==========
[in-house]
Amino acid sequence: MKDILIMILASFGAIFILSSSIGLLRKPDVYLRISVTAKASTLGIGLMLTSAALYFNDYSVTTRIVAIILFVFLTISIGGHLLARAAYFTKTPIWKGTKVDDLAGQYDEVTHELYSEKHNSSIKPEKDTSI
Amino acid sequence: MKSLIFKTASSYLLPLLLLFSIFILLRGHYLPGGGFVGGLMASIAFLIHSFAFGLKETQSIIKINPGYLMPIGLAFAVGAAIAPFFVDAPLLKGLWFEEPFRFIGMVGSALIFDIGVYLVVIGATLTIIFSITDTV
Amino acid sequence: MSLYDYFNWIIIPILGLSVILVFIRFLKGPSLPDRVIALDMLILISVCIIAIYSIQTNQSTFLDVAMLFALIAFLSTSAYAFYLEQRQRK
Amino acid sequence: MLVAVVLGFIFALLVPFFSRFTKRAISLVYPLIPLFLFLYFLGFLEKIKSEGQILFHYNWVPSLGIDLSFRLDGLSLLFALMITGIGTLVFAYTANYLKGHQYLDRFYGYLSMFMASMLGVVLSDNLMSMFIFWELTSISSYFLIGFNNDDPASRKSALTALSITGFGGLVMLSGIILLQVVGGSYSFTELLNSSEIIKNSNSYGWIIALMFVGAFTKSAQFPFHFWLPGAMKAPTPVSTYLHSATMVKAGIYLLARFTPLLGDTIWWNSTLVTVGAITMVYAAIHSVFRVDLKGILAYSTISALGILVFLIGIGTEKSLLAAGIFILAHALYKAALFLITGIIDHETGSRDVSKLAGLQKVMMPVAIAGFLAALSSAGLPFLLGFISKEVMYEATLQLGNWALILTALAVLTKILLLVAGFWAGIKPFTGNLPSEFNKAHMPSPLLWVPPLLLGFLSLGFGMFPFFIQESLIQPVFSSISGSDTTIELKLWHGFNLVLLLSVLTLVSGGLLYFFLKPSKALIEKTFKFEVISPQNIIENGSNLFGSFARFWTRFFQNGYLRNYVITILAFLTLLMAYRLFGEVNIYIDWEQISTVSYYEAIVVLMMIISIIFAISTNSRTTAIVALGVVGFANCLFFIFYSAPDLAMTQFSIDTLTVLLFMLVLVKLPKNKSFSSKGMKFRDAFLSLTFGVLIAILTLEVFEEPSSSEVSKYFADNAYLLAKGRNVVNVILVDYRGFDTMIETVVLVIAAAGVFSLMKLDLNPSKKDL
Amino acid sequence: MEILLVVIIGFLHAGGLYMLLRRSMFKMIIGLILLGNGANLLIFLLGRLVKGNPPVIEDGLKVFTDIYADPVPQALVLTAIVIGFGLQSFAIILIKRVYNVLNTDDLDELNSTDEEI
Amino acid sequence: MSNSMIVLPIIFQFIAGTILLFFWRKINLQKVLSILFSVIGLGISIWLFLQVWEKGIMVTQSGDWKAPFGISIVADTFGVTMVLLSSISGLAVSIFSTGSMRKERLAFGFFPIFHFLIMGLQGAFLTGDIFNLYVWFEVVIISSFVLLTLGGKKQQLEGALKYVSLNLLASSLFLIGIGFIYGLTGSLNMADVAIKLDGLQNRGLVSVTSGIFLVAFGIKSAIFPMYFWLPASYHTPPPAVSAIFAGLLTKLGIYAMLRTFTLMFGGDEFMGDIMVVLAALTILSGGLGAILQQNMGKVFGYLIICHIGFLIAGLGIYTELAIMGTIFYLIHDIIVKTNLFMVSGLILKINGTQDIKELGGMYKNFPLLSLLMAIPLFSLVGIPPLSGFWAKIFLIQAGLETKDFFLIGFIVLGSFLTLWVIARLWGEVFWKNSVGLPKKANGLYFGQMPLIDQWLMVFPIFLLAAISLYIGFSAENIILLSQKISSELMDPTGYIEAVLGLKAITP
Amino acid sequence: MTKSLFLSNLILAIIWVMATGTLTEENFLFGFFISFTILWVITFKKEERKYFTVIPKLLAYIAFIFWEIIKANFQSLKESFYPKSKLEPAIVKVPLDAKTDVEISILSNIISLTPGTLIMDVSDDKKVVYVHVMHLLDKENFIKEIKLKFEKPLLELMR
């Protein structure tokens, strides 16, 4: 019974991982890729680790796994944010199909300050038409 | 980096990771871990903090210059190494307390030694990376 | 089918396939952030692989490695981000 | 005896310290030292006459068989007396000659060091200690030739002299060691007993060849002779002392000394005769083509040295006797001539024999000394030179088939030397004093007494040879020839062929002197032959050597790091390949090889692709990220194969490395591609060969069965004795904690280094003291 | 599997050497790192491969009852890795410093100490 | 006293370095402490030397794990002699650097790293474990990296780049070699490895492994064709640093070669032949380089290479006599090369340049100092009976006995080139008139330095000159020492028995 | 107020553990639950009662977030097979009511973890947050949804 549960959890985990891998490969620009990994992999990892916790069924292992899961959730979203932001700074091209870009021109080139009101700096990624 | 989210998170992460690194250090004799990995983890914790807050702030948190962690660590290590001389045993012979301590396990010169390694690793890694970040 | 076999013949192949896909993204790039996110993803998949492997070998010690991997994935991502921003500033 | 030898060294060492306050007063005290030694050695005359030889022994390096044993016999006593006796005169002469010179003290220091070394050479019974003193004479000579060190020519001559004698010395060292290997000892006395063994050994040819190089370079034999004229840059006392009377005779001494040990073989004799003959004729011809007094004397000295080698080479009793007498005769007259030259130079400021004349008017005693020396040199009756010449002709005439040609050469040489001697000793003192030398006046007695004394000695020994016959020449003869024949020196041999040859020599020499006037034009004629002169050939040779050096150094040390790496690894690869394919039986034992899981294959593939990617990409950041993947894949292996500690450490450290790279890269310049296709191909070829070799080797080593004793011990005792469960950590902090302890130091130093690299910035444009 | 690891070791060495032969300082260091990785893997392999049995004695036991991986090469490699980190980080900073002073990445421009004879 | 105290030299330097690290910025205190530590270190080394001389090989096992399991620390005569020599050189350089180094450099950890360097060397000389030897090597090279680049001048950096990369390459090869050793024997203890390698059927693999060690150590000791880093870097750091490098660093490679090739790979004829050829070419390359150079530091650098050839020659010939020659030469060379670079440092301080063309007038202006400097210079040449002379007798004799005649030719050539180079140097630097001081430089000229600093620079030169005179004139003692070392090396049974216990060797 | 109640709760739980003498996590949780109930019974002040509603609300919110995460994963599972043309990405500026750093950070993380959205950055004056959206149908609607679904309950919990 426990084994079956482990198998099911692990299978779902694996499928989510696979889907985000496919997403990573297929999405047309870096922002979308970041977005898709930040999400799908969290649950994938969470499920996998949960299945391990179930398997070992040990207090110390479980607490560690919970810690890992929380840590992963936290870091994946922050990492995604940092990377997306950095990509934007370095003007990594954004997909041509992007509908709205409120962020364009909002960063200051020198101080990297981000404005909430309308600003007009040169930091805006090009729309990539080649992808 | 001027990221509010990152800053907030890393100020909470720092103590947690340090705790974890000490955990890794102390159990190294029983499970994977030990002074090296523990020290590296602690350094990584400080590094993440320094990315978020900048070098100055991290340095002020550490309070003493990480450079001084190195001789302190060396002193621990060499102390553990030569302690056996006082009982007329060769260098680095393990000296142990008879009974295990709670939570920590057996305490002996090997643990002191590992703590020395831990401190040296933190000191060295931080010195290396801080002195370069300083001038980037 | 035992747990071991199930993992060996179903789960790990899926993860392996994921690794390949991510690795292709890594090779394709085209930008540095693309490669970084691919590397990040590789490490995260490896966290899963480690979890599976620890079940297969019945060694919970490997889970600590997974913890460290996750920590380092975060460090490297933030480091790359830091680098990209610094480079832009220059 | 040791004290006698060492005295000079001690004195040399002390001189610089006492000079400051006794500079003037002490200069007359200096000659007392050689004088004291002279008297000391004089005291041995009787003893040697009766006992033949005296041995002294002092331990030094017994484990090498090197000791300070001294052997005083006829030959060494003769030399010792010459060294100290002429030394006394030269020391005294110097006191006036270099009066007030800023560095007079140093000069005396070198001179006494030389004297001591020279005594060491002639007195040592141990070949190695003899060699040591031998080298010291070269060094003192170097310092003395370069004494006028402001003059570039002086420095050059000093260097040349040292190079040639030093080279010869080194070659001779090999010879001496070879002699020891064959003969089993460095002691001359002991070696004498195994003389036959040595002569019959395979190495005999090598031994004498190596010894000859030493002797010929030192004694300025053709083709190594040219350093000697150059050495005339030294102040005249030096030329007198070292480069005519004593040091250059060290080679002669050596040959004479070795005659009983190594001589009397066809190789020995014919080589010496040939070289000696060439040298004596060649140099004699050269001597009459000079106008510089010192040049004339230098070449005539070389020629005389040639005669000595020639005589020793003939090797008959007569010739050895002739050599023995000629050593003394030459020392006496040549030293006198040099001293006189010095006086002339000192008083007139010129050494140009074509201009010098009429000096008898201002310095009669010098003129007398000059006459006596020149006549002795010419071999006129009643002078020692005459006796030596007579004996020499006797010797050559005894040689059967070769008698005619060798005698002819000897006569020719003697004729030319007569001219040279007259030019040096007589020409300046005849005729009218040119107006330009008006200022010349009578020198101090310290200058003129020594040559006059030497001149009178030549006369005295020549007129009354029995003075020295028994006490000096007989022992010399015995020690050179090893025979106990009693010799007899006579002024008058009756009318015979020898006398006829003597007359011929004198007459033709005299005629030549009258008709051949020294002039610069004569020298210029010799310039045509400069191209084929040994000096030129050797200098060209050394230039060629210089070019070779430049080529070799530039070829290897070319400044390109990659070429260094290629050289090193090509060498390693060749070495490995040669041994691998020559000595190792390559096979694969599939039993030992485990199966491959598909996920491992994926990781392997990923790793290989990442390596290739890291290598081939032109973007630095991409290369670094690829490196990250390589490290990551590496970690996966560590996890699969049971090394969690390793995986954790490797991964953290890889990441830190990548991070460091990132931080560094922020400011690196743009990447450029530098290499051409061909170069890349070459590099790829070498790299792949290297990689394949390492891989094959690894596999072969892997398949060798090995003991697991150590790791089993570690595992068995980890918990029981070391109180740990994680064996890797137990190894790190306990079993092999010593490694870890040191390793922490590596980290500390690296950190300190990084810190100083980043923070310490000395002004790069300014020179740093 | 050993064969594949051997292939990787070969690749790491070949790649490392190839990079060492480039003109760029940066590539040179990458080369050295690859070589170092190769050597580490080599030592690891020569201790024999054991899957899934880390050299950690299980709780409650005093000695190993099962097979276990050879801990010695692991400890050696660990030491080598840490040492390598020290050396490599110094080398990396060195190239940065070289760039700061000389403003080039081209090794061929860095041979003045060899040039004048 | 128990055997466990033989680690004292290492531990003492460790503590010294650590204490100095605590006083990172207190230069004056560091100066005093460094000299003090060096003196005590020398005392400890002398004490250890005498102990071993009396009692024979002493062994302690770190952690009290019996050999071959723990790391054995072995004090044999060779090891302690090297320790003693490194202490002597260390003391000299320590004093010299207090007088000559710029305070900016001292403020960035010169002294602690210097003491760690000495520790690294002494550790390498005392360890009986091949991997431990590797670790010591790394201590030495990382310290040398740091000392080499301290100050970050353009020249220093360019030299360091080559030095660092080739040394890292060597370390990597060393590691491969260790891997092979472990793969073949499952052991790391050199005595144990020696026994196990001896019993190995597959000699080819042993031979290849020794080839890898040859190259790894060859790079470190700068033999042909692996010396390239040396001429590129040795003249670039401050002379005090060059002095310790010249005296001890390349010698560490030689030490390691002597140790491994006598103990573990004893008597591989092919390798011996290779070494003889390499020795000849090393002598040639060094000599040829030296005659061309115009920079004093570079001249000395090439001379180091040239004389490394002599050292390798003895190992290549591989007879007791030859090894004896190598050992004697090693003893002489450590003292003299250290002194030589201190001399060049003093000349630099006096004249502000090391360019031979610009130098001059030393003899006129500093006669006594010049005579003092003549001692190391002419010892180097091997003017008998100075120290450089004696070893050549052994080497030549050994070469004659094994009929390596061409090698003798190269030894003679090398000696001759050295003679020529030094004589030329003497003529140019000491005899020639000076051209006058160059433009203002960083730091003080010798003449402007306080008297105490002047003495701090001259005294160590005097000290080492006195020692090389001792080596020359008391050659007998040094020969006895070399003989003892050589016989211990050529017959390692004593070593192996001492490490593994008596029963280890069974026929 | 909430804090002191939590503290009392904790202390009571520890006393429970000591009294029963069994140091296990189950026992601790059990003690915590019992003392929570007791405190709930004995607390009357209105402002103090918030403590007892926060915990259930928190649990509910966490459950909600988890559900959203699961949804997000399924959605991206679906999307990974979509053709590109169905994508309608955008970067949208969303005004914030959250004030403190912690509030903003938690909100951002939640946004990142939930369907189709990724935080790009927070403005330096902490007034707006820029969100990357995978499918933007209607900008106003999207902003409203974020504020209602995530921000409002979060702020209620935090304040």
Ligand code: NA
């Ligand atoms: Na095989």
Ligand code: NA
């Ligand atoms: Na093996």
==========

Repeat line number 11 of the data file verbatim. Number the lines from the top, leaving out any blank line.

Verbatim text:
């Ligand atoms: Na095989």